Brits left £2.85 BILLION to charity in wills last year – the largest amount ever recorded
Brits left £2.85 BILLION to charity via gifts in wills last year – the largest amount ever recorded.
The incredible figure is the equivalent of the money raised from 39 Red Nose Days.
Health and cancer charities were the biggest beneficiaries with Cancer Research UK, Macmillan Cancer Support and the British Heart Foundation in the top five, according to data from 260,000 wills in 2016/2017.
Other popular charities include the Royal National Lifeboat Institution and the RSPCA.
The data, secured from research conducted by Smee & Ford, was released to coincide with Remember A Charity in Your Will Week, which runs from September 10-16.
Rob Cope, Director of consortium Remember A Charity, said: “It’s incredibly encouraging to see the collective amount gifted to charities in Wills rise, as it genuinely has a huge impact.
“For example, legacies fund six in 10 lifeboat launches and two in three guide dogs. However, there’s still a job to be done before gifting in Wills becomes the norm.
“At Remember A Charity, we work with over 200 charities – both big and small – to encourage those writing a Will not only to consider leaving a gift to charity in their Will after they’ve taken care of friends and family, but also to have that conversation openly with loved ones.
“It doesn’t matter how much you leave, even a small amount can make such a big difference – whether it’s helping with research into curing life-threatening diseases or taking care of endangered species.”
A separate poll of 2,000 adults conducted through OnePoll.com found a third would be willing to leave a charitable gift in their Will, after taking care of family and friends.
However, currently just six per cent of Brits actually leave a charitable gift in their Will.
The country is split when it comes to the cause closest to their heart. In Glasgow and Brighton, the majority of people choose to support charities dedicated to protecting endangered animals.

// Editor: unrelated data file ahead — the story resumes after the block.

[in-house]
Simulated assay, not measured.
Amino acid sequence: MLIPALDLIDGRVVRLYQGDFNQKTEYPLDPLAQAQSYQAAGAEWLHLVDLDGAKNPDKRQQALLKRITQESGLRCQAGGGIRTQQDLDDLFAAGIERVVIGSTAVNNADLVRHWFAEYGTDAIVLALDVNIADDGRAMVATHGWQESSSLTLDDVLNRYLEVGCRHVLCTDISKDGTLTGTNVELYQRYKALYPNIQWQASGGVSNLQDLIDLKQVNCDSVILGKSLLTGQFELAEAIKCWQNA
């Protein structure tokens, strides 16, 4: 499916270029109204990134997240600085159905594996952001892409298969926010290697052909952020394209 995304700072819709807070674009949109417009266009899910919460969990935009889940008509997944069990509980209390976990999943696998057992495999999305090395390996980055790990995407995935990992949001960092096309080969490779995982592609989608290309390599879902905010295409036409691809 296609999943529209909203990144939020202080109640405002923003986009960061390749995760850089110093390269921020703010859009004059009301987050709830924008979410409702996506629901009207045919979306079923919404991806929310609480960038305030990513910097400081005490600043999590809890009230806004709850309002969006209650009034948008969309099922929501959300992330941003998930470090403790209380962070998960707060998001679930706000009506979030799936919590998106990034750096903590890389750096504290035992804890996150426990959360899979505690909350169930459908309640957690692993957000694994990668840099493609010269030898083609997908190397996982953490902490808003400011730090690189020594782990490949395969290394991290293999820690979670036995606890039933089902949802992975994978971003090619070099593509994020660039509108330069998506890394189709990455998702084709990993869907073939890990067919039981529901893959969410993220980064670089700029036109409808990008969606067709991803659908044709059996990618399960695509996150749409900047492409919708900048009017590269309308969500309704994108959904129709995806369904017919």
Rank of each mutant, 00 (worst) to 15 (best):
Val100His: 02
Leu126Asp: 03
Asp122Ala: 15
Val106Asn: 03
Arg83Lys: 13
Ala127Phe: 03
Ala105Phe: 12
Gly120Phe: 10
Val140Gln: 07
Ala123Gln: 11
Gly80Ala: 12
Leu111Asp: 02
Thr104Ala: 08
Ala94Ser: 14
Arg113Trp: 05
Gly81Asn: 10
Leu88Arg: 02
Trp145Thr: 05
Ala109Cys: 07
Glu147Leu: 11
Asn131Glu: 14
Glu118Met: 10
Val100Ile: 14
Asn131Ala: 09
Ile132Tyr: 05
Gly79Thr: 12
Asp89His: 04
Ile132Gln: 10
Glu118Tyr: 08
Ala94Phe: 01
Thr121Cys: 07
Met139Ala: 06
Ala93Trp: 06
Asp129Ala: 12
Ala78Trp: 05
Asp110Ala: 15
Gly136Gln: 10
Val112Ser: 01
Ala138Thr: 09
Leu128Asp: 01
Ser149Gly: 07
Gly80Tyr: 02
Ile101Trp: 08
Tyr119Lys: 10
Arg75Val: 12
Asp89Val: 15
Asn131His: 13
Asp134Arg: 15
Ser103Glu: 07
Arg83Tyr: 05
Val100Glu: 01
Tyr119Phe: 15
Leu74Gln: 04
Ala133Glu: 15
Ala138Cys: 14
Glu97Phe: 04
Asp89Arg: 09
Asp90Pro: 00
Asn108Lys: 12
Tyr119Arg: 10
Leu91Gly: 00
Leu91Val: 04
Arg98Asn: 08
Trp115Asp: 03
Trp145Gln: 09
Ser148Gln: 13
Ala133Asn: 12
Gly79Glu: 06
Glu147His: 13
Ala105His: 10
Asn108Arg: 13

Meanwhile in Leeds, 40 per cent of people support cat charities.
The average amount donated by Brits is £3,300, and while most people donate to a single charity, the average number of charitable bequests is three.
Len Goodman, head judge on Dancing with the Stars, said: “I am supporting this year’s Remember a Charity Week because I feel it’s important to leave behind a gift to a charity that you support in order to help them continue their good work once we are gone.
“Over my lifetime I’ve seen first-hand the amazing work that charities do, and it would be a shame for them to stop just because we do.
“I hope that by supporting Remember a Charity Week I can get more people thinking about their legacy, and leaving a gift in their Will.”
To celebrate this year’s, Remember A Charity in Your Will Week, 200 charities have come together to launch Human – the world’s first charity-powered search engine, humansearchengine.org.
To learn more about how to leave a charitable gift in your Will, visit rememberacharity.org.uk
Legacy income of the top 10 charitable organisations over five years
1 Cancer Research UK
2 Royal National Lifeboat Institution
3 Royal Society for the Prevention of Cruelty to Animals
4 Macmillan Cancer Support
5 British Heart Foundation
6 The National Trust
7 Salvation Army Trust
9 Guide Dogs for the Blind Association
10 Royal National Institute of Blind People
Article By Richard Jenkins